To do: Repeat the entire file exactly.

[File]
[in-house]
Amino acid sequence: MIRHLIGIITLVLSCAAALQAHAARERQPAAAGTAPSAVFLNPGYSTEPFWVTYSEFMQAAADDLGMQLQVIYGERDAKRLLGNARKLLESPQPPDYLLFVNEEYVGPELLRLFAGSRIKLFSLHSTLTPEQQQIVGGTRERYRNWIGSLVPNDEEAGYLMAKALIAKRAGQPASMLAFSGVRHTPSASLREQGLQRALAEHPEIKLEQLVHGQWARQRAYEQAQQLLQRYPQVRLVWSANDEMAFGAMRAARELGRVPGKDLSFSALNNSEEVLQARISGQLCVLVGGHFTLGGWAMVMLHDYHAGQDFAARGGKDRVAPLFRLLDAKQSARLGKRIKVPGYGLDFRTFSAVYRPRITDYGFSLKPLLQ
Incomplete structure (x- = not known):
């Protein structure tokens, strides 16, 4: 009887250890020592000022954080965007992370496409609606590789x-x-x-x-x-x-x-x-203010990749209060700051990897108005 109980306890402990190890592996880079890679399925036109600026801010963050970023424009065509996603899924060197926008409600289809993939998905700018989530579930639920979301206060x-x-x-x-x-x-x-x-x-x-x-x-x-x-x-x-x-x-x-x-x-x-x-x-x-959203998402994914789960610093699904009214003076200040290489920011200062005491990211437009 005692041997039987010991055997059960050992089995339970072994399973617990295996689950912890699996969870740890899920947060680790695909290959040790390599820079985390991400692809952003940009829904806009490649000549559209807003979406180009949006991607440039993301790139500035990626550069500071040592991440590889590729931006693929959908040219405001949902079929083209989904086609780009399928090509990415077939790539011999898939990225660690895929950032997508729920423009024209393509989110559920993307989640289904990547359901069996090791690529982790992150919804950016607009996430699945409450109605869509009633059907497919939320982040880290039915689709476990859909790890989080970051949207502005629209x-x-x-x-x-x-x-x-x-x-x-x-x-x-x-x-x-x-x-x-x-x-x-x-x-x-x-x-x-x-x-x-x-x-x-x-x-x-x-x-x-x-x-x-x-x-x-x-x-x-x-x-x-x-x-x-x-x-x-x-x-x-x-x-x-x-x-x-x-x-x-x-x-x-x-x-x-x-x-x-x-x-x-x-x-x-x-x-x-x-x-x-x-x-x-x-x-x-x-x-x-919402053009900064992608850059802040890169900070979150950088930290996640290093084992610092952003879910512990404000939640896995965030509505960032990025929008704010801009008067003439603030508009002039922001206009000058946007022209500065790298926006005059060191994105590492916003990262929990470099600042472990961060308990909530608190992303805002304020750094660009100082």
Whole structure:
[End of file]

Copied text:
[in-house]
Amino acid sequence: MIRHLIGIITLVLSCAAALQAHAARERQPAAAGTAPSAVFLNPGYSTEPFWVTYSEFMQAAADDLGMQLQVIYGERDAKRLLGNARKLLESPQPPDYLLFVNEEYVGPELLRLFAGSRIKLFSLHSTLTPEQQQIVGGTRERYRNWIGSLVPNDEEAGYLMAKALIAKRAGQPASMLAFSGVRHTPSASLREQGLQRALAEHPEIKLEQLVHGQWARQRAYEQAQQLLQRYPQVRLVWSANDEMAFGAMRAARELGRVPGKDLSFSALNNSEEVLQARISGQLCVLVGGHFTLGGWAMVMLHDYHAGQDFAARGGKDRVAPLFRLLDAKQSARLGKRIKVPGYGLDFRTFSAVYRPRITDYGFSLKPLLQ
Incomplete structure (x- = not known):
């Protein structure tokens, strides 16, 4: 009887250890020592000022954080965007992370496409609606590789x-x-x-x-x-x-x-x-203010990749209060700051990897108005 109980306890402990190890592996880079890679399925036109600026801010963050970023424009065509996603899924060197926008409600289809993939998905700018989530579930639920979301206060x-x-x-x-x-x-x-x-x-x-x-x-x-x-x-x-x-x-x-x-x-x-x-x-x-959203998402994914789960610093699904009214003076200040290489920011200062005491990211437009 005692041997039987010991055997059960050992089995339970072994399973617990295996689950912890699996969870740890899920947060680790695909290959040790390599820079985390991400692809952003940009829904806009490649000549559209807003979406180009949006991607440039993301790139500035990626550069500071040592991440590889590729931006693929959908040219405001949902079929083209989904086609780009399928090509990415077939790539011999898939990225660690895929950032997508729920423009024209393509989110559920993307989640289904990547359901069996090791690529982790992150919804950016607009996430699945409450109605869509009633059907497919939320982040880290039915689709476990859909790890989080970051949207502005629209x-x-x-x-x-x-x-x-x-x-x-x-x-x-x-x-x-x-x-x-x-x-x-x-x-x-x-x-x-x-x-x-x-x-x-x-x-x-x-x-x-x-x-x-x-x-x-x-x-x-x-x-x-x-x-x-x-x-x-x-x-x-x-x-x-x-x-x-x-x-x-x-x-x-x-x-x-x-x-x-x-x-x-x-x-x-x-x-x-x-x-x-x-x-x-x-x-x-x-x-x-919402053009900064992608850059802040890169900070979150950088930290996640290093084992610092952003879910512990404000939640896995965030509505960032990025929008704010801009008067003439603030508009002039922001206009000058946007022209500065790298926006005059060191994105590492916003990262929990470099600042472990961060308990909530608190992303805002304020750094660009100082």
Whole structure: